What was the Arte Povera movement? What is the influence of Arte Povera today?

O que foi o movimento Arte Povera? Qual é a influência da Arte Povera na atualidade? | P55 Magazine | p55-art-auctions

What was the Arte Povera movement?

Arte Povera was a radical Italian art movement from the late 1960s to the 1970s, whose artists explored a series of unconventional processes with 'everyday' materials. Arte Povera emerged within a web of urban cultural activity in these cities, as Italy was gripped by economic instability once again. The main artists of this movement were Giovanni Anselmo, Alighiero Boetti, Pier Paolo Calzolari, Luciano Fabro, Piero Gilardi, Jannis Kounellis, Mario Merz, Marisa Merz, Giulio Paolini, Pino Pascali, Giuseppe Penone, Michelangelo Pistoletto, Emilio Prini and Gilberto Zorio, being that these worked in many different ways. They painted, sculpted, photographed, created works of great physical presence and small-scale gestures, in addition to performances and installations. Find out more about this art movement here.

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What was Arte Povera? Where did it come from?

Arte Povera - the Italian expression for "poor art" or "impoverished art" - was one of the most significant and influential avant-garde movements to emerge in southern Europe in the late 1960s. Arte povera literally means 'poor art', but the word poor here refers to the unique exploration of the movement of a wide range of materials beyond the traditional ones of oil paint on canvas, bronze or carved marble.  It included the work of about a dozen Italian artists whose most distinctly recognizable feature was their use of common materials that evoked a pre-industrial era, such as earth, stones, clothes, paper and rope: literally 'poor' or cheap materials that artists reused for their practice. Undoubtedly, the construction of art pieces with disposable materials was also a way for artists to challenge and break the values of the commercial art system. These works posed a challenge to established notions of value and property, as well as subtly criticizing Italy's industrialization and mechanization at the time.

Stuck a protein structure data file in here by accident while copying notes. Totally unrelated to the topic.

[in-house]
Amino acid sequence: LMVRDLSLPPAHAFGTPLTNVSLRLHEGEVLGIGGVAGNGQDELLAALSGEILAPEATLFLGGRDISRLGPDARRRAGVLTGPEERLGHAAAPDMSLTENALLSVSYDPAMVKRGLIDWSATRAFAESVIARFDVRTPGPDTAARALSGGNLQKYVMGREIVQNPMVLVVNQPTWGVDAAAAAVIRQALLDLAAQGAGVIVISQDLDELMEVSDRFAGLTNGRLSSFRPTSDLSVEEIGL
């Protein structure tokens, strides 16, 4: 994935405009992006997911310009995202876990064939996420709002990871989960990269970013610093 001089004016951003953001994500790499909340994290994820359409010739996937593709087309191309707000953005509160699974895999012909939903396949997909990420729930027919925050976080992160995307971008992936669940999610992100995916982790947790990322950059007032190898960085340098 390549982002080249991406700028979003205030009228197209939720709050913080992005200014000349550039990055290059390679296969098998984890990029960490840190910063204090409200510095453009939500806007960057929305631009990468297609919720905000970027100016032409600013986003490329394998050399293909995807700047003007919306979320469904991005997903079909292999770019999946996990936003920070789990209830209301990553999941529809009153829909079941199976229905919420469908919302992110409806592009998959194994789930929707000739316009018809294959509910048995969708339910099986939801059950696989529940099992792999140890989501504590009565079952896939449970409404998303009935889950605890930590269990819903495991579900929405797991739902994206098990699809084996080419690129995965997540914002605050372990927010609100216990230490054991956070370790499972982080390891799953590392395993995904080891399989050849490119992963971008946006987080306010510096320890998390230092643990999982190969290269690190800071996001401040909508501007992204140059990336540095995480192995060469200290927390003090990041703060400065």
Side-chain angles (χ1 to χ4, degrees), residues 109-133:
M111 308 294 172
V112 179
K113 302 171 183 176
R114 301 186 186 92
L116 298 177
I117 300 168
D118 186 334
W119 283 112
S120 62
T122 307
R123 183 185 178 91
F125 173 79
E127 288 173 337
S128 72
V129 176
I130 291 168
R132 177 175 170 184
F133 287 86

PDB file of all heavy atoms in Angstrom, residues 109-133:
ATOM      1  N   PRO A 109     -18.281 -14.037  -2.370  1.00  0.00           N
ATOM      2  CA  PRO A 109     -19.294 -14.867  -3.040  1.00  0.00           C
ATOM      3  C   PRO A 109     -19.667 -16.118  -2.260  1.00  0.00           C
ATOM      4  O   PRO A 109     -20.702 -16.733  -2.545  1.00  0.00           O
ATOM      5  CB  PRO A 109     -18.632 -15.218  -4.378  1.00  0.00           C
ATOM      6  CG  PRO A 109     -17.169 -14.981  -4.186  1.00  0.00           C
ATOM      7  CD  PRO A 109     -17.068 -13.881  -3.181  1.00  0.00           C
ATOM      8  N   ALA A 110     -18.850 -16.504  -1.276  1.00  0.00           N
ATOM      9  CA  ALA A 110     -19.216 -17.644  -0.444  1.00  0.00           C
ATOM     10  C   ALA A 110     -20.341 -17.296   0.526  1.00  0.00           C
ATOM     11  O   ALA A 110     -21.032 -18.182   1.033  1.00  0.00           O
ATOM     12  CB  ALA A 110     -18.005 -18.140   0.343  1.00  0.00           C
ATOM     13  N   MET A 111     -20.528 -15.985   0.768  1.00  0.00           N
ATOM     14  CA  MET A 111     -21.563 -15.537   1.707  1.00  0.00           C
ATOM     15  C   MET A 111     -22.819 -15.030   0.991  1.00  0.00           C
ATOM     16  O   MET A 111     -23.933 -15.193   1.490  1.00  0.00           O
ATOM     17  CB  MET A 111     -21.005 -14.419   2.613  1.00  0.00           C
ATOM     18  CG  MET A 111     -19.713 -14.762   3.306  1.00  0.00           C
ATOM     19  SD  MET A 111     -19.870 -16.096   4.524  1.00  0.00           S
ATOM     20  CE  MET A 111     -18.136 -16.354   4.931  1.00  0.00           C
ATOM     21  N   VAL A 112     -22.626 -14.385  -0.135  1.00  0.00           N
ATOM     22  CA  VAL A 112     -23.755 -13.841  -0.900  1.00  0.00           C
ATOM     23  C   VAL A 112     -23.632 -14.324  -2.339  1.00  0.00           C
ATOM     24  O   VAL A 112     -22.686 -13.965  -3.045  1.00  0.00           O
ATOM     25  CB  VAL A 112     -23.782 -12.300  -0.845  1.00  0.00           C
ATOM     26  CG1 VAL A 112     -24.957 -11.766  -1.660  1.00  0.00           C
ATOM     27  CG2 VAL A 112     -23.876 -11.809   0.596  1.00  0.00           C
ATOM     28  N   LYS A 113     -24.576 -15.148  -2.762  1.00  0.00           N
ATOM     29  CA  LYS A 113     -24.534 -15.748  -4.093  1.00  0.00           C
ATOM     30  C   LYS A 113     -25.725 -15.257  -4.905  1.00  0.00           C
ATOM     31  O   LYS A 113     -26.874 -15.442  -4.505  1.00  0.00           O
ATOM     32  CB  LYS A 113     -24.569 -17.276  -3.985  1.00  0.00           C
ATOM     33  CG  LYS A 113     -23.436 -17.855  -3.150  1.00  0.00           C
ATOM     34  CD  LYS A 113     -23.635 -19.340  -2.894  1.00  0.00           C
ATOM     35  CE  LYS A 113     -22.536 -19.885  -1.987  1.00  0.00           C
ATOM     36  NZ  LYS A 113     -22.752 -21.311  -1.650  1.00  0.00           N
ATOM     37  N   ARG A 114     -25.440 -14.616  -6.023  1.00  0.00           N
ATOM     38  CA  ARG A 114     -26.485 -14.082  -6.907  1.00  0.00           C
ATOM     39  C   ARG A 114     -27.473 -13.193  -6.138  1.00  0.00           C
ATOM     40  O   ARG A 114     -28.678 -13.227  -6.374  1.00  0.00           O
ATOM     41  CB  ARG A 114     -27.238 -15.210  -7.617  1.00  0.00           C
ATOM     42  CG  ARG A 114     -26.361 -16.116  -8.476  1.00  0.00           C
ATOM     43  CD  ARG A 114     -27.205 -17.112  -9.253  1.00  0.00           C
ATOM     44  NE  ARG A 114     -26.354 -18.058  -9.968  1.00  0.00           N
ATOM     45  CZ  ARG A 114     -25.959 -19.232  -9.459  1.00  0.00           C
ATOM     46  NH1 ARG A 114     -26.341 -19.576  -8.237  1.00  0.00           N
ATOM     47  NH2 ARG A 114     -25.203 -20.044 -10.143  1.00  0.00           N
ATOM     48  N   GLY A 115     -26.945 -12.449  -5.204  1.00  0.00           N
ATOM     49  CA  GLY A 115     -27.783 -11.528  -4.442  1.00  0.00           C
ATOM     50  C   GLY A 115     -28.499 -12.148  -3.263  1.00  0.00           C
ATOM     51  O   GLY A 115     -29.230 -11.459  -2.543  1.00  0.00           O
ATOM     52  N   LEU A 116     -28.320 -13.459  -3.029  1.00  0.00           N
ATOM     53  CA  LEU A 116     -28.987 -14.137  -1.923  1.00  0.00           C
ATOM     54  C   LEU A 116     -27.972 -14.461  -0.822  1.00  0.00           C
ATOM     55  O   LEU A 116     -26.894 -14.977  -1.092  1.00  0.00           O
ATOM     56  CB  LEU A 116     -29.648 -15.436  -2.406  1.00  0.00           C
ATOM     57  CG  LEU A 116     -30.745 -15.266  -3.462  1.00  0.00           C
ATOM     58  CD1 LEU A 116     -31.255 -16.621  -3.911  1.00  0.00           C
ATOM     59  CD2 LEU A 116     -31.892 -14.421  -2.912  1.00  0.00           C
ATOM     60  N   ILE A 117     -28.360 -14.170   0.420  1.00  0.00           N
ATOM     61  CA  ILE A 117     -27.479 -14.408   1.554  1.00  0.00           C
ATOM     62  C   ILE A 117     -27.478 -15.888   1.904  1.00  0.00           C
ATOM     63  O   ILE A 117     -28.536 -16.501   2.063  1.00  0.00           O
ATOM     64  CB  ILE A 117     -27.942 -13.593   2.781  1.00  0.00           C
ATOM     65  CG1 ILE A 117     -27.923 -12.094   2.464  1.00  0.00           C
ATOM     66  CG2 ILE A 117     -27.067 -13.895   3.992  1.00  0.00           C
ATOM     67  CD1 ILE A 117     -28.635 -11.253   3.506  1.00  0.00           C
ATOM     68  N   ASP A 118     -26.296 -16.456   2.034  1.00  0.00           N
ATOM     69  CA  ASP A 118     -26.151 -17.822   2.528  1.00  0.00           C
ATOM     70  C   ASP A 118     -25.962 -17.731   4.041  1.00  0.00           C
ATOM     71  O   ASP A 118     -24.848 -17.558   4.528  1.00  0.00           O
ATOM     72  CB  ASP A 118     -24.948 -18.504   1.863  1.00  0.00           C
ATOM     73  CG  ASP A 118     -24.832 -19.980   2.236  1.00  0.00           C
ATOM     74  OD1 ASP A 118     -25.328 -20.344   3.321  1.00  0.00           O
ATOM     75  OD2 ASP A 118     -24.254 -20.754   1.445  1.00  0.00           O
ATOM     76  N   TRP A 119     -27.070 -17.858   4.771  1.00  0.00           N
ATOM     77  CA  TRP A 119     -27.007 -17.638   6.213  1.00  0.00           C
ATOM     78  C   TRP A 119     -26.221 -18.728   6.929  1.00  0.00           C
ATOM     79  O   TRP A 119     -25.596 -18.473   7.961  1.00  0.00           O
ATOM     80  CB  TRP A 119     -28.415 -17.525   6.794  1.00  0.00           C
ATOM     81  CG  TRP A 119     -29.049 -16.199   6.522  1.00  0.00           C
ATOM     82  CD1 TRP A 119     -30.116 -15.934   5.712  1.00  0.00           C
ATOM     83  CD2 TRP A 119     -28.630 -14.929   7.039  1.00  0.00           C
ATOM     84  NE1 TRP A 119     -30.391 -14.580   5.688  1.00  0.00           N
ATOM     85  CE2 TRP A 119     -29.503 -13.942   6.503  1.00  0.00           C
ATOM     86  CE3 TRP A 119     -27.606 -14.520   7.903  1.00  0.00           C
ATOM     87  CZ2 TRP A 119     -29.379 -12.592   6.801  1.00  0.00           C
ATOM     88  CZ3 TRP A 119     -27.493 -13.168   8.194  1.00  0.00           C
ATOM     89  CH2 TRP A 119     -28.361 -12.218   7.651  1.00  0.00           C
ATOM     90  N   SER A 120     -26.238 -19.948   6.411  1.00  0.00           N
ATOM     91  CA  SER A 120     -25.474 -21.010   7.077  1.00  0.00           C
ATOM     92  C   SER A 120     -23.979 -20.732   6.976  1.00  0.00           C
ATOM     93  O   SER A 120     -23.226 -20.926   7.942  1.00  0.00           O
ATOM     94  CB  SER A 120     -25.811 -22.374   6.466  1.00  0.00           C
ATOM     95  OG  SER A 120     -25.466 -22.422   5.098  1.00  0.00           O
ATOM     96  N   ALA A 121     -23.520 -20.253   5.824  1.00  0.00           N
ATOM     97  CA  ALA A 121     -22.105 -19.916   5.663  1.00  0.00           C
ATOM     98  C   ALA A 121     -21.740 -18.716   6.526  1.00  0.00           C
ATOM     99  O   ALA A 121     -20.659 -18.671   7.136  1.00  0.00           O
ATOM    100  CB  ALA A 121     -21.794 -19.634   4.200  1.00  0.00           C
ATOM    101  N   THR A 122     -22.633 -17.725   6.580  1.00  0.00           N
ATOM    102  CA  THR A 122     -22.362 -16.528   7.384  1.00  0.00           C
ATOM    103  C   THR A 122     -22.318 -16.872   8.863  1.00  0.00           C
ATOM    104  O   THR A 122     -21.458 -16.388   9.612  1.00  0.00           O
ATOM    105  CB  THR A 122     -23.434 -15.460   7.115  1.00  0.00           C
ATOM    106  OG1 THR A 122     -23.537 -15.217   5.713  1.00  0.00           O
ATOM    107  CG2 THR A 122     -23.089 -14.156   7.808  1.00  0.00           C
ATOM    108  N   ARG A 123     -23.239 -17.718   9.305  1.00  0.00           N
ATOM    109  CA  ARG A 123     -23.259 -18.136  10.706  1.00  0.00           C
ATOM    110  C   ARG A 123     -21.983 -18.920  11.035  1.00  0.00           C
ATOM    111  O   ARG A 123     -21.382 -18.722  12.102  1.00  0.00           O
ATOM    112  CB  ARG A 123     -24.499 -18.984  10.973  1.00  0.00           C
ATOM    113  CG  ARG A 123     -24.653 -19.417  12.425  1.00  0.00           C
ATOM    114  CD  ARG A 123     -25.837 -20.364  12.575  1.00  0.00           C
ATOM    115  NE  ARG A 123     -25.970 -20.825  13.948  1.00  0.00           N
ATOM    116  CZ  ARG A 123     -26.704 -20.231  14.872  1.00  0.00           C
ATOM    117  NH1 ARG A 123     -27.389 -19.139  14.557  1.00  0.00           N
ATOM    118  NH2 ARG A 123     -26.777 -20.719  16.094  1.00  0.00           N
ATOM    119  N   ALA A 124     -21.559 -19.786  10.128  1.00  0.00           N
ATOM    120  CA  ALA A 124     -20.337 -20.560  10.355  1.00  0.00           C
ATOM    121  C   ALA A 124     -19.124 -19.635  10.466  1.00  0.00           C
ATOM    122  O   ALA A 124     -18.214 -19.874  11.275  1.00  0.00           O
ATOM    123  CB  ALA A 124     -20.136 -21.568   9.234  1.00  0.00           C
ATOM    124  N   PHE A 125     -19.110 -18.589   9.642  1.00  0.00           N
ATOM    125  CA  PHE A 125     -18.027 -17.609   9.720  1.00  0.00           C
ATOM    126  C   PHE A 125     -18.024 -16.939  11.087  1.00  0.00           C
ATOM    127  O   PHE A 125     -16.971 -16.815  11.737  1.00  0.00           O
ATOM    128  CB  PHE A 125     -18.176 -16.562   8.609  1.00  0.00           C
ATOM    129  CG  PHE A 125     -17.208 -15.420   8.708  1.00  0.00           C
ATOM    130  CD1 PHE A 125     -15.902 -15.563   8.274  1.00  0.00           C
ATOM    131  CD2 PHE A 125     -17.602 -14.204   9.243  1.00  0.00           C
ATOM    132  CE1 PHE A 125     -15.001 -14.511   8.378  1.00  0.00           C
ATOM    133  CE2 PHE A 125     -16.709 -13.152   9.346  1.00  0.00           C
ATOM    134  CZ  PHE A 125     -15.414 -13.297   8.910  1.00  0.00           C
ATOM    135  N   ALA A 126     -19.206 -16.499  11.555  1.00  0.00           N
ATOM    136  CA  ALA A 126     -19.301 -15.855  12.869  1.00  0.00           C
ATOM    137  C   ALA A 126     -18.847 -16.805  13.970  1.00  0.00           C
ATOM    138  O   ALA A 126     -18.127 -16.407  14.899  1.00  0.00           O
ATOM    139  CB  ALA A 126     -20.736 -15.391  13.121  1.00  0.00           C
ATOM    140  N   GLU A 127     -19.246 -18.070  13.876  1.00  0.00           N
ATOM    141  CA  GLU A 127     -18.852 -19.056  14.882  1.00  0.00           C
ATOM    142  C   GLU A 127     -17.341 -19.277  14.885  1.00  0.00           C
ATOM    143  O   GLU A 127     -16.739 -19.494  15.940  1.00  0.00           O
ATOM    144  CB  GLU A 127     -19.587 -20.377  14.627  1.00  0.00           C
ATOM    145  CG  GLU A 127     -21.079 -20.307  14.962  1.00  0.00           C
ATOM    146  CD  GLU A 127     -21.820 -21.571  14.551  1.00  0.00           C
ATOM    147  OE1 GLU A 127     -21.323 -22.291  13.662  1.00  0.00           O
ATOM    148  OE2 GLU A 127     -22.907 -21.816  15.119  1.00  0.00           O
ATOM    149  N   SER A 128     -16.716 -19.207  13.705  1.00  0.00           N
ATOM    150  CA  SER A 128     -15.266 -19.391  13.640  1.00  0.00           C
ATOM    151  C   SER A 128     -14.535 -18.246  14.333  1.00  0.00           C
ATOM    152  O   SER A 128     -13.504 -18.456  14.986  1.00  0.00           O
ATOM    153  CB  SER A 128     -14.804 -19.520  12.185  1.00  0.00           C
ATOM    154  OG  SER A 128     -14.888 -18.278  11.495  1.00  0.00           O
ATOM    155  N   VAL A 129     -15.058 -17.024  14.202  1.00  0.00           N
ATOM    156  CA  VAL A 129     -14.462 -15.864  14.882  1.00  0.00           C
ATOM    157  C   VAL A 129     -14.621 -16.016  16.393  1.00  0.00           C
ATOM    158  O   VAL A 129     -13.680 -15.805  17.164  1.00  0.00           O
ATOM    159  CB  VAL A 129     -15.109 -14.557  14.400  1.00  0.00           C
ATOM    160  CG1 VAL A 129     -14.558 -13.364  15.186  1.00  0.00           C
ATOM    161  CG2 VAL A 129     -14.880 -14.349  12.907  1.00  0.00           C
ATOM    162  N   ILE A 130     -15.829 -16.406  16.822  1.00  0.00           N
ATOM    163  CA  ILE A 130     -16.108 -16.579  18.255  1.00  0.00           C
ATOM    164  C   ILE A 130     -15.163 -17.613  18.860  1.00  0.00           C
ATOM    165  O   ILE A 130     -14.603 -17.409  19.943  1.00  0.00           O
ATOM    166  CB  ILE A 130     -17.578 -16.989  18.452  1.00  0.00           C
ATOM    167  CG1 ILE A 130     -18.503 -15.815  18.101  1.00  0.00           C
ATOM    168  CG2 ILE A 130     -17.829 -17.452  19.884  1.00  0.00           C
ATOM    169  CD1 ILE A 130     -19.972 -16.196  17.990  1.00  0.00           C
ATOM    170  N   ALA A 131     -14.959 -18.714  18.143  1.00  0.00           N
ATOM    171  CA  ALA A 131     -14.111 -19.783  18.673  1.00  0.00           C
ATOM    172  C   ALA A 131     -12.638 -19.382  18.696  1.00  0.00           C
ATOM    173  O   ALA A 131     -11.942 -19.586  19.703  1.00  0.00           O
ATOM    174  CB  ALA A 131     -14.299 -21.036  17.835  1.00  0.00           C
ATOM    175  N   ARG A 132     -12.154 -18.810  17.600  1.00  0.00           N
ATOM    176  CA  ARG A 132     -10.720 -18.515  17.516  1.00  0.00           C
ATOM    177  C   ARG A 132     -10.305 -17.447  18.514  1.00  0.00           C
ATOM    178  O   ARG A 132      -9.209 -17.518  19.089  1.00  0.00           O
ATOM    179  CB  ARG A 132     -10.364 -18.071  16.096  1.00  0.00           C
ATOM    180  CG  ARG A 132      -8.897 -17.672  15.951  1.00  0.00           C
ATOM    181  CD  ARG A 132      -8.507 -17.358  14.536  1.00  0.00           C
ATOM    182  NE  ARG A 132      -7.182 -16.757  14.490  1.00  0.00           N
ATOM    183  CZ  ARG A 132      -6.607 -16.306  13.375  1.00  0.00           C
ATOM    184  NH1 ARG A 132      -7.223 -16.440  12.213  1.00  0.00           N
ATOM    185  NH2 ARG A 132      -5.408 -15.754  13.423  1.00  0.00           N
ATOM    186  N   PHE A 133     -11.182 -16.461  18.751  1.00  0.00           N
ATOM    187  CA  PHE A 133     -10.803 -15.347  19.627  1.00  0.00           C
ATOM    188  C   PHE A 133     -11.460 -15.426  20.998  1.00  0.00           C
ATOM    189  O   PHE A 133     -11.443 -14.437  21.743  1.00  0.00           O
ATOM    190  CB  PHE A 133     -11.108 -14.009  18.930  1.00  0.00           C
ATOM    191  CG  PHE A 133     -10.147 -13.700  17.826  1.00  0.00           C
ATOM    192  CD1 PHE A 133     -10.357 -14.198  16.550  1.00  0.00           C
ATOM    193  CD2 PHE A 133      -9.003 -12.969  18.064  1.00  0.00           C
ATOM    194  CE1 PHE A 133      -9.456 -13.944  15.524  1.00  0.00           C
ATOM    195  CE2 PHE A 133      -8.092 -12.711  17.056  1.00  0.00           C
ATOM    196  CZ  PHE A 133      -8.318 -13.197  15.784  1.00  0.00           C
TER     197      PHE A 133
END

Why is it called Arte Povera?

The term was introduced by Italian art critic and curator Germano Celant in 1967, who referred to arte povera as poor, not for lack of money, but for creating art without the constraints of traditional practices and materials. His pioneering texts and a series of important exhibitions provided a collective identity for a number of young Italian artists based in Turin, Milan, Genoa and Rome.
Germano Celant regularly placed Arte Povera in dialogue with other artistic movements of the 1950s and 1960s in his studies. The art critic stated that Arte Povera's interest in "poor" materials was related to Fluxus and Nouveau Réalisme, for both combine easily accessible materials and take away their usual function.

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Is Arte Povera Conceptual Art? Is Arte Povera Assemblage?